Memory 1: When watching WOWTV news and listening to Christmas music during the Christmas season, memories flood back to when Grace was in NICU in Methodist Hospital in Omaha. When I was there with her coming off the elevator into the sitting room, Channel 6 was always on TV’s and while driving to the hospital I always listened to the Christmas station.
Memory 2: Christmas Eve, we always went to Grandma and Grandpa Zach’s house after church service when I was a kid. We had chili and cinnamon rolls. To this day we still continue that tradition. Sara Zach
Saturday, December 7, 2013
The first cold snap has come and gone, introducing the holiday season in the usual manner of the Great Plains. Down under in Australia the population greets Christmas time in shorts and swimsuits. In Jerusalem the climate is also temperate. It is nice that the baby Jesus did not need a down comforter to keep him warm, so many years ago. But to me it seems natural to have a frosty snowman somewhere nearby to help usher in the season. The Percival Community Church welcomed my out-of-town family the other day so nicely that a non-church going clan is considering more visits to our house of worship. It proves that evangelism does not need to be fancy proselytizing, but good old fashioned warm words of common sense and encouragement, peppered with some funny personal stories from the pastor and a bit of clamoring from the congregation. The invitation from Barb Handy to join the delicious Thanksgiving feast was also a big draw. Thank you all for doing so easily what has been a stumble block for so long. At a recent board meeting the financial report reflects the healthy standing of our congregation. Therefore we will be investing in a new sound system, carefully researched by and recommended by Jan and Aaron Zach. Thank you to both of you.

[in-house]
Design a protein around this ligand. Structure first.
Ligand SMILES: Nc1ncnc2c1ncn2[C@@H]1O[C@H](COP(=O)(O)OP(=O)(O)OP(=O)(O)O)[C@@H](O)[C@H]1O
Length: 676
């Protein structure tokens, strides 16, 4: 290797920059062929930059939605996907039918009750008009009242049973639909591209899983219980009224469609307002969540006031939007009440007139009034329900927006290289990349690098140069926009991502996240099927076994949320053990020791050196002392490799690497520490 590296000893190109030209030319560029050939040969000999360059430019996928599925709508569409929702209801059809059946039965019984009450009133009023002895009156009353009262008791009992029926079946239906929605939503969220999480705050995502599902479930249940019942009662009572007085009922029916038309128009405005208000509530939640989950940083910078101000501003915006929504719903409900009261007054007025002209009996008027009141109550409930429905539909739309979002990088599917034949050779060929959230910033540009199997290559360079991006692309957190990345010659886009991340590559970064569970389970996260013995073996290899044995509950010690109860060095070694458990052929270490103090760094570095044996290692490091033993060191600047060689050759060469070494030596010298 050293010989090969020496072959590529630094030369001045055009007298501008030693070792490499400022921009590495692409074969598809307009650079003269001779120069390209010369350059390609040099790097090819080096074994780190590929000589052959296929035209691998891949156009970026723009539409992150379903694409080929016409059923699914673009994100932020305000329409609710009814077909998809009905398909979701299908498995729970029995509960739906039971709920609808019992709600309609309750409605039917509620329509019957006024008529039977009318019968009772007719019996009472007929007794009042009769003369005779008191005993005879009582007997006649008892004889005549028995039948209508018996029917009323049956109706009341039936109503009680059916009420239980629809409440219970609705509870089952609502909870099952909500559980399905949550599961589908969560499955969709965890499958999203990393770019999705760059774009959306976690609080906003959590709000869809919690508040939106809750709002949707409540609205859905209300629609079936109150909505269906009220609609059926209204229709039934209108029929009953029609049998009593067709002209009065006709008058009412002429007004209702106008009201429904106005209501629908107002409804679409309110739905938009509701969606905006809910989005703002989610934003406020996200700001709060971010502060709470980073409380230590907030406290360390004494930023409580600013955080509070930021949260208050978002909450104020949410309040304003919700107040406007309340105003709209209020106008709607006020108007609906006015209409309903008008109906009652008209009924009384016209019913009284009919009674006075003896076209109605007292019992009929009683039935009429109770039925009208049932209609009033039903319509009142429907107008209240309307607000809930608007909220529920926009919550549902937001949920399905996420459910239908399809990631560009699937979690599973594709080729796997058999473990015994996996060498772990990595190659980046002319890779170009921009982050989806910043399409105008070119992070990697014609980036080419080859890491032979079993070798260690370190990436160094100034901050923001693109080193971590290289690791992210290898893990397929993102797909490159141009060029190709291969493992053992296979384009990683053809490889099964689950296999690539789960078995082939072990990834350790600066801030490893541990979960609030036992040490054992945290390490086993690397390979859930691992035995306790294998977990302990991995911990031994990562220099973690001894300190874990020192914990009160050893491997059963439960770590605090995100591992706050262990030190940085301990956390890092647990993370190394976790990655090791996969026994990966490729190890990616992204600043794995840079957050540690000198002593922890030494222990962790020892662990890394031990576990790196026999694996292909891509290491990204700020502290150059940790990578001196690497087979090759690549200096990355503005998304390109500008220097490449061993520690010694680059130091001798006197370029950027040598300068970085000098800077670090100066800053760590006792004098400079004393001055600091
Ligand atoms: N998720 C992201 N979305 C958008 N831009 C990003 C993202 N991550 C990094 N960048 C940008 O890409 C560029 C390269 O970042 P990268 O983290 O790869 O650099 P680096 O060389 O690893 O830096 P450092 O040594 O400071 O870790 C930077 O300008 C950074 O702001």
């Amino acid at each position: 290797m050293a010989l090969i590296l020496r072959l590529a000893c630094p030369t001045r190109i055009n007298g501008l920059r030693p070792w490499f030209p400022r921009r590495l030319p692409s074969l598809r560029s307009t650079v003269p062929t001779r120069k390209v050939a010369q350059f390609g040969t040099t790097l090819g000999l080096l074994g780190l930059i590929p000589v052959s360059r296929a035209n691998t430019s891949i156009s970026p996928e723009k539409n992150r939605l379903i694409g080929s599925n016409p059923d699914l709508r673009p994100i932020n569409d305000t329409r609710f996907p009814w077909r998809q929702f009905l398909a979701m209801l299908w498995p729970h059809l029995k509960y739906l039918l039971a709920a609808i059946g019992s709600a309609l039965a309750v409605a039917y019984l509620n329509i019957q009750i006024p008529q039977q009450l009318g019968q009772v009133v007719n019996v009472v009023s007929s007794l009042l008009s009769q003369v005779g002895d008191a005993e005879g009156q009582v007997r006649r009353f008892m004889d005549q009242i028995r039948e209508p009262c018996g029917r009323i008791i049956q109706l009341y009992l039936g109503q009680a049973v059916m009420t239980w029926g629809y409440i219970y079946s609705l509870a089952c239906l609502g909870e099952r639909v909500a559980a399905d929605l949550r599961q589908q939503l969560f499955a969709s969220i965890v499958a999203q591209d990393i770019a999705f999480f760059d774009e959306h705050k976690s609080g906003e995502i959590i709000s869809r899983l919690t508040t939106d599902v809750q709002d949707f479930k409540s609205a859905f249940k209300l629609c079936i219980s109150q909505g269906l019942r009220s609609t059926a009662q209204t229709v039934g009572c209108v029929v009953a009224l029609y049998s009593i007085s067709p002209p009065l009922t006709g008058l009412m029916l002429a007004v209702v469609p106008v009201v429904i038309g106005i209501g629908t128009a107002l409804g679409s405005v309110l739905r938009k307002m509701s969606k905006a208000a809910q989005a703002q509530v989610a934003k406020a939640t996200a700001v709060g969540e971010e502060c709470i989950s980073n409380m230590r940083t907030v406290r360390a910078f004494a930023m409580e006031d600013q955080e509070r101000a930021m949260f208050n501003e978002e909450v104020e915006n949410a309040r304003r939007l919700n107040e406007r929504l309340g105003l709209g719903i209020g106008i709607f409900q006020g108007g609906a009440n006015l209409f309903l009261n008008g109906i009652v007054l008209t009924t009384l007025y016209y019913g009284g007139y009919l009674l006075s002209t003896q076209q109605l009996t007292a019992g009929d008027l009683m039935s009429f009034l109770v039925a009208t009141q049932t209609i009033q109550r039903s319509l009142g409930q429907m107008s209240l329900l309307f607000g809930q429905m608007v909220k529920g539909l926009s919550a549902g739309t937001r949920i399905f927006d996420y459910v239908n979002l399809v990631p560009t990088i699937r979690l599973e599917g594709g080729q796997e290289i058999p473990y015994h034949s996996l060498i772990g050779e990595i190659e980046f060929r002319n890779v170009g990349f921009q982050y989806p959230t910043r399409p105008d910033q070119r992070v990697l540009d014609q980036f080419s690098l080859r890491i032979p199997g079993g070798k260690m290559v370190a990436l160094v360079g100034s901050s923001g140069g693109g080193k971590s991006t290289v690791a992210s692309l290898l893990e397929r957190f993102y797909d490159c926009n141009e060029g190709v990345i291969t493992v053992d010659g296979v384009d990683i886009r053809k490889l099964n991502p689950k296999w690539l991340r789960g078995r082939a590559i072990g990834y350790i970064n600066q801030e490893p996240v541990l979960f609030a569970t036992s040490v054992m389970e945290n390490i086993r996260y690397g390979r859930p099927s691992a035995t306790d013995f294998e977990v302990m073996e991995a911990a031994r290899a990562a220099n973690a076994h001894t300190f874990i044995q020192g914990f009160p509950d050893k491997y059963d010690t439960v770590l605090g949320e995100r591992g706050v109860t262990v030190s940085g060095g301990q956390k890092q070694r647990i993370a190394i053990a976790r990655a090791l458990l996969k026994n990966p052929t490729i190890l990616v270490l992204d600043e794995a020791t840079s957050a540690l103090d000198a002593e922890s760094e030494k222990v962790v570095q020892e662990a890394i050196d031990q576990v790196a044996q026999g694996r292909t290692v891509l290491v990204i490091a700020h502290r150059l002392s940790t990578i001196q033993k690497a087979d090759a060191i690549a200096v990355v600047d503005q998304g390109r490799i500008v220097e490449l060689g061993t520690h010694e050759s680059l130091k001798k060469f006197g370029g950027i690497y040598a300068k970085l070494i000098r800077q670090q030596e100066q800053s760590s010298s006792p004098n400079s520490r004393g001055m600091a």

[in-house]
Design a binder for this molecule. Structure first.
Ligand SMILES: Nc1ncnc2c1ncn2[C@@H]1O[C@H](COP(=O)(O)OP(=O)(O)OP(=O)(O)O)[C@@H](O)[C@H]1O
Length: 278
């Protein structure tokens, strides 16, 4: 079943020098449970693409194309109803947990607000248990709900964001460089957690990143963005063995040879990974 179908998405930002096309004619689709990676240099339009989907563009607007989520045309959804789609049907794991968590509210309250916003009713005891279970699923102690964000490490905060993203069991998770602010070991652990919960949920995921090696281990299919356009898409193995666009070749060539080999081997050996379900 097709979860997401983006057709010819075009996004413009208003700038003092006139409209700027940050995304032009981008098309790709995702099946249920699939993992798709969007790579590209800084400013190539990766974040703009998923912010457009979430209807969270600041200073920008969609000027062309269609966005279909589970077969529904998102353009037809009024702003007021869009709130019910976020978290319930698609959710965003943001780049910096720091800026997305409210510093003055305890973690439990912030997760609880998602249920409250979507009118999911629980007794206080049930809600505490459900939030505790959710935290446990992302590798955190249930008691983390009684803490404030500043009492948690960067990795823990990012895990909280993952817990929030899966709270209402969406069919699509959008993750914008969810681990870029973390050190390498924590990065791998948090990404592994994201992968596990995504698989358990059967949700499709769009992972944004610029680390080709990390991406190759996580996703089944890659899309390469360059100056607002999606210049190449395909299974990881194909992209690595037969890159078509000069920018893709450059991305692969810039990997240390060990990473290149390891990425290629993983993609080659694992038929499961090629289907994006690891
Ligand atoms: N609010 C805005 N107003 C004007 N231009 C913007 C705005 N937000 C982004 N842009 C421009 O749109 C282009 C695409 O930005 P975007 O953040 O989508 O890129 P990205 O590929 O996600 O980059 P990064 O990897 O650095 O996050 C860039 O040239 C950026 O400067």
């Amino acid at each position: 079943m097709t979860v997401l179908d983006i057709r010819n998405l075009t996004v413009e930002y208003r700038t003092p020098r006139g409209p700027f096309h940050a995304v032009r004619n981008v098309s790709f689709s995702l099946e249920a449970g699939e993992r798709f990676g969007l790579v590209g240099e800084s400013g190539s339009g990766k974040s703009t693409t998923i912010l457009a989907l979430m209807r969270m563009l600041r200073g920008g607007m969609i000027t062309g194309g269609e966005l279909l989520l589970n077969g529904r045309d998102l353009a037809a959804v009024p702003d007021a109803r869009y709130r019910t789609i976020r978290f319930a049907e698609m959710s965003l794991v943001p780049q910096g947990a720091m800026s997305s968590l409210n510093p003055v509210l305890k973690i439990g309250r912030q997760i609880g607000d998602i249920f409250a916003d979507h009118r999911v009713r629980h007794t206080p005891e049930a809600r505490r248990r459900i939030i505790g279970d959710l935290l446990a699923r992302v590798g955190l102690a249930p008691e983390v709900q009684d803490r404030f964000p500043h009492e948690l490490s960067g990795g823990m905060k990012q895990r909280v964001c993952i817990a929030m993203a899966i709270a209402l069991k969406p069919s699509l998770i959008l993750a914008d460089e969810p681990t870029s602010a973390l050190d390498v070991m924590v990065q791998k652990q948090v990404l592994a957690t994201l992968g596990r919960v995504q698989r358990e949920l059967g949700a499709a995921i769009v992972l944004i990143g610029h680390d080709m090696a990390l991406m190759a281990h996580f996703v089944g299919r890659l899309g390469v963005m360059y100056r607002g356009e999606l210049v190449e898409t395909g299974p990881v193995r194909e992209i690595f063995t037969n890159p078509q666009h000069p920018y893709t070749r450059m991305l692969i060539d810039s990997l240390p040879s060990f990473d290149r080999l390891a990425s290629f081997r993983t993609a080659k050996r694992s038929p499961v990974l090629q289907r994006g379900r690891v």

Our holiday schedule has been confirmed. Caroling will take place on Saturday the 14th gathering at the church around noontime and concluding at Washington Park Plaza community room for song and snacks. The Childrens program is the next day, the 15th. Christmas Eve service will commence at 4:00 p.m. allowing everyone to get home before dark. Finally don’t forget New Year’s Eve fellowship at Marcia’s home on the bluff road. Bring an appetizer to share and be ready for fun and games.
Marcia Little, Board Secretary
Tuesday, December 3, 2013
Sunday, December 1, 2013
Decorating of our homes, yards, Sanctuaries, shopping malls, store fronts, main streets, city parks and of course the Christmas tree has begun in earnest. All of it is done to create a sense of awe, joy, happiness and splendor that is often short lived. Decorations are a facade they cover up or hide the reality of what is seen. You can have a ‘Charlie Brown’ tree and cover it with enough lights, ornaments and tinsel to make it look beautiful. Shopping malls and store fronts construct elaborate displays to entice us to spend money or to a least walk through the doors.
But does it create a sense of well- being? For many people Christmas is a time of despair, hopelessness and loneliness. A husband taking care of his wife who no longer knows her name, visiting a spouse in a nursing home, a loved one battling cancer, a father in need of a job, a single mother trying to feed and care for her children, a broken marriage, the death of a loved one, hunger, finances and the list is endless. We mask our hurts and smile; we decorate our lives believing no one will see the hopelessness we feel.
Into this Christmas story breaks the voices and the message of the angels. “Fear Not, for behold I bring you good tidings of great joy.” A savior is to be born that brings the promise of HOPE.
May the love of Christ “Surround” you. The joy of the Lord “Strengthen” you. The peace of the Savior “Comfort” you, the “Light” of God’s glory fill and radiate in your life anew.